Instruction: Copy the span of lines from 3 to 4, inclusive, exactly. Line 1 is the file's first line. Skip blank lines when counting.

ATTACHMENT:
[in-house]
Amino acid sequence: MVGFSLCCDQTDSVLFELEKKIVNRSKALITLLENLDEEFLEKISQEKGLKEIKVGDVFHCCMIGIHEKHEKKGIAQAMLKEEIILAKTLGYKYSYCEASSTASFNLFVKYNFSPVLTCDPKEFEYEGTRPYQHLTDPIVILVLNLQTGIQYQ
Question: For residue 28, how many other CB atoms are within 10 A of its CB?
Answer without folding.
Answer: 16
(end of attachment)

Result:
Question: For residue 28, how many other CB atoms are within 10 A of its CB?
Answer without folding.